I love driving around conversations.
The boys and I were driving home yesterday from Cody’s physical therapy, a short drive of ten minutes or so, when Carter piped up from the back seat that he was going to have a pet store when he grows up. As we drove, the pet store in his mind took a very definite shape.
Carter’s pet store would sell birds. Only birds. And some of those birds would be free for people who could not afford a bird. Half the pet store would sell books. But only books on animals (including birds, of course) and trees and grasshoppers. Oh, and some of those books would be free too, again for those people who did not have money. He would offer a reward program for people who took good care of their birds, supplying them with a small bag of free bird food.
As I drove along listening to him construct his perfect bird/book store, I was impressed at the details. And the fact that he was so aware of providing for people who may not have the money to buy a bird or a book.
And then some of Carter’s control issues started to seep into his bird/book store plan.
Anyone who bought a book HAD to take a free bird.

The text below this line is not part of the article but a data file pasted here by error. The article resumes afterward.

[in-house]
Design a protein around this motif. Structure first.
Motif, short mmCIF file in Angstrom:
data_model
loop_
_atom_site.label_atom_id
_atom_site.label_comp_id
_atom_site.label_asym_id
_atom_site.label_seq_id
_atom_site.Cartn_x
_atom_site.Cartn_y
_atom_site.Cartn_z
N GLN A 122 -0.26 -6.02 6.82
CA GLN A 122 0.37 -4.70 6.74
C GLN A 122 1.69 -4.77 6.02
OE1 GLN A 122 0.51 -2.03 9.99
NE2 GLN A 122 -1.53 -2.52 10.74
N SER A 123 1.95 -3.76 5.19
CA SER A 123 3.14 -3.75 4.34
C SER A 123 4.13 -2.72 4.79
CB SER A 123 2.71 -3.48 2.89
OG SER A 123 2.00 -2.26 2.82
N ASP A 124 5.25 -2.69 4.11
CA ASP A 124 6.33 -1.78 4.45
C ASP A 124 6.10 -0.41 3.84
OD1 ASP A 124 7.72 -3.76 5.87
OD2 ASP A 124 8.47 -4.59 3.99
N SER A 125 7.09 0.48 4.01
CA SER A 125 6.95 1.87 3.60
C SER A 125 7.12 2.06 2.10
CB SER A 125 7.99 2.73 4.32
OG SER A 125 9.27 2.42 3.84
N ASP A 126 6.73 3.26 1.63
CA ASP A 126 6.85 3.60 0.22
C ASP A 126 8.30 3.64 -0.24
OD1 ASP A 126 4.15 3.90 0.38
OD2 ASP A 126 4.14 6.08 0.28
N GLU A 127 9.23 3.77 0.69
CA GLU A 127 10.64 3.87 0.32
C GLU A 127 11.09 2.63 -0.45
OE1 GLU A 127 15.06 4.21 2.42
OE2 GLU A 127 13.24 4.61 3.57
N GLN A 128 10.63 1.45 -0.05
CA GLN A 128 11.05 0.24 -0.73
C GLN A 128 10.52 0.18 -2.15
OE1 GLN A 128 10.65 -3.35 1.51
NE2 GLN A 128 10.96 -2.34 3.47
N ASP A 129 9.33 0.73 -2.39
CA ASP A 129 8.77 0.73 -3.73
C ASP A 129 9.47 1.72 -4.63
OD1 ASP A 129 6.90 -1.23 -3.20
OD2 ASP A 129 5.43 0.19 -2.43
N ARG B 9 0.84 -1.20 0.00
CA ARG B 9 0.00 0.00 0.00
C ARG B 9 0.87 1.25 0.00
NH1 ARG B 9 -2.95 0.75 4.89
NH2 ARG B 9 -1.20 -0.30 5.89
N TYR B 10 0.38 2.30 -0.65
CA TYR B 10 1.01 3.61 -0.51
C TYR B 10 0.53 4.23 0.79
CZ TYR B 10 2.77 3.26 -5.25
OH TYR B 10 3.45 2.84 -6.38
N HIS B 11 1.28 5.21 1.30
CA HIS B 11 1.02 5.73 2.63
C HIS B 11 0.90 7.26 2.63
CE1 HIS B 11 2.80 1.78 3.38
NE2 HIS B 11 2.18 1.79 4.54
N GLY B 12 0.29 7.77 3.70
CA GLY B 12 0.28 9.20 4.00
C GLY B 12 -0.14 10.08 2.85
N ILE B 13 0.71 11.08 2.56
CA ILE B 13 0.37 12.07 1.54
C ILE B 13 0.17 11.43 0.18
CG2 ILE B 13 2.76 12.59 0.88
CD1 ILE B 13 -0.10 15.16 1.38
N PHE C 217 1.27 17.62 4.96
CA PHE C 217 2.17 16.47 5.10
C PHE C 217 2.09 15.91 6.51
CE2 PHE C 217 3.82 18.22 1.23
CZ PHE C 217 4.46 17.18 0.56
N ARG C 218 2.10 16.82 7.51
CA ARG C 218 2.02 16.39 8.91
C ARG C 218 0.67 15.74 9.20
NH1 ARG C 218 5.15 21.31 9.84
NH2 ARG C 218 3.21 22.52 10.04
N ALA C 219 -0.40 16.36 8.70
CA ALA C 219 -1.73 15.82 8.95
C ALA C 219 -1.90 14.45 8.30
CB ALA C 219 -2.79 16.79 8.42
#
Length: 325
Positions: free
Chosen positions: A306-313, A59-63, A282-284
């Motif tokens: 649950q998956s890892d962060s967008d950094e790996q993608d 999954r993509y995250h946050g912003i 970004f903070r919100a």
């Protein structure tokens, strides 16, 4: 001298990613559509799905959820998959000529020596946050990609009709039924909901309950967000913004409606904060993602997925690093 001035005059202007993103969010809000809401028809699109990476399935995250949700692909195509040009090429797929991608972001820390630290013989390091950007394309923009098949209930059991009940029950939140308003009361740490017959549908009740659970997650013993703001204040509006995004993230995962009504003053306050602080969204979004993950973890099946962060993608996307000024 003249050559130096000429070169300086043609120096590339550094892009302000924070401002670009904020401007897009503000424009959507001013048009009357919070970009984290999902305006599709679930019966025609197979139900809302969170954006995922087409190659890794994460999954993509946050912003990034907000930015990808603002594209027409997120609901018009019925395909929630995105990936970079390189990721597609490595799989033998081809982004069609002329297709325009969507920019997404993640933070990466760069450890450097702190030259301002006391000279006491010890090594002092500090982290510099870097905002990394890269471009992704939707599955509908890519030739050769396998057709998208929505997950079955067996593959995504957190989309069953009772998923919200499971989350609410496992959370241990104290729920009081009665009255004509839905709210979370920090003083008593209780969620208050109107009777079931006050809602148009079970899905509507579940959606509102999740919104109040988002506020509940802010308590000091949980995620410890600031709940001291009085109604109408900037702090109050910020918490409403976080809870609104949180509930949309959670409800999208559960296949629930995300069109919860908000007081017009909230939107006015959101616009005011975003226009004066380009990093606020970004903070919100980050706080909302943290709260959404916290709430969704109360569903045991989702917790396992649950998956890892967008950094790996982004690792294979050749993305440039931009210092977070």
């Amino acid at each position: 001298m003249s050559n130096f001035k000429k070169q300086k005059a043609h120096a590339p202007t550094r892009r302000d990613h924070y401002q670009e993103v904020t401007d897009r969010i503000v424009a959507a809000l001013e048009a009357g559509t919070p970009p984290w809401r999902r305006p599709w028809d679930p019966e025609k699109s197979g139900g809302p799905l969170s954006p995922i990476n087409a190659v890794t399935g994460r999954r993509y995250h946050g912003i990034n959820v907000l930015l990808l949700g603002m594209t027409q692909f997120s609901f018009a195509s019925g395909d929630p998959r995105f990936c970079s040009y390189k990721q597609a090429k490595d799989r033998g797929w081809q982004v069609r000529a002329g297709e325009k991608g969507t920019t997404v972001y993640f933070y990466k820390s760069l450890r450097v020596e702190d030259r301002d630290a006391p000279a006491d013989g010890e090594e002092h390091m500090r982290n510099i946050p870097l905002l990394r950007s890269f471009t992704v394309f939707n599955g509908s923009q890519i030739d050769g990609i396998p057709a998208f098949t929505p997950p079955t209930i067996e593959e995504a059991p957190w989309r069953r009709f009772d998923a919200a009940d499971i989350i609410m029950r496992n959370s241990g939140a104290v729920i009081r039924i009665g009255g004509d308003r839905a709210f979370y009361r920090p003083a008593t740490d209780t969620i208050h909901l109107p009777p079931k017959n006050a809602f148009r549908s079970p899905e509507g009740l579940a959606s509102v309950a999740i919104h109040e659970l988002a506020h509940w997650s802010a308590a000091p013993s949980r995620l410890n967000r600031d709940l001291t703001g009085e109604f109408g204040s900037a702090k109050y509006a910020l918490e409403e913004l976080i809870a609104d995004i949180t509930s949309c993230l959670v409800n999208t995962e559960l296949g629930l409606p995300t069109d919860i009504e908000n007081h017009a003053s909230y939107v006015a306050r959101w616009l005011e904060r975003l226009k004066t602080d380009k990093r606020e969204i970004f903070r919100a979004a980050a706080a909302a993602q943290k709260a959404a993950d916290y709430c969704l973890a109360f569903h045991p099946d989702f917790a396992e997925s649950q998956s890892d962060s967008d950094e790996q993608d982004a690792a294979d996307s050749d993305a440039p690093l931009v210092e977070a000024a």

Anyone who bought a bird HAD to take a free book.
Anyone who bought two books DID NOT get a bird.
Anyone who bought two birds DID NOT get a book.
He was very clear on these rules; they were not to be broken.
Then the topic of pricing came up. Carter wanted to sell everything for fifty cents. Cody, who had been listening to all of this but had not said anything, spoke up and told Carter that two dollars would be a “more appropriate” price. Carter, knowing that 50 is greater that 2, scoffed. They had a heated debate on this topic for a couple minutes. Cody explained that two dollars was more that fifty cents and he would make more money if he priced everything at two dollars.
Carter thought about it for a minute and then said that if he charged two dollars, less people would buy since it would cost them more. Wow!
In the end since it was Carter’s bird/book store, it was decided that all items would be priced at fifty cents, unless they were those items that were free. Cody thought he might branch off and run his own store where everything was two dollars.
So if you are in the market for ONE bird and ONE book, I know of a future store for you. If you are decadent in your bird and book acquisition and desire TWO books and TWO birds, well then please take your business elsewhere.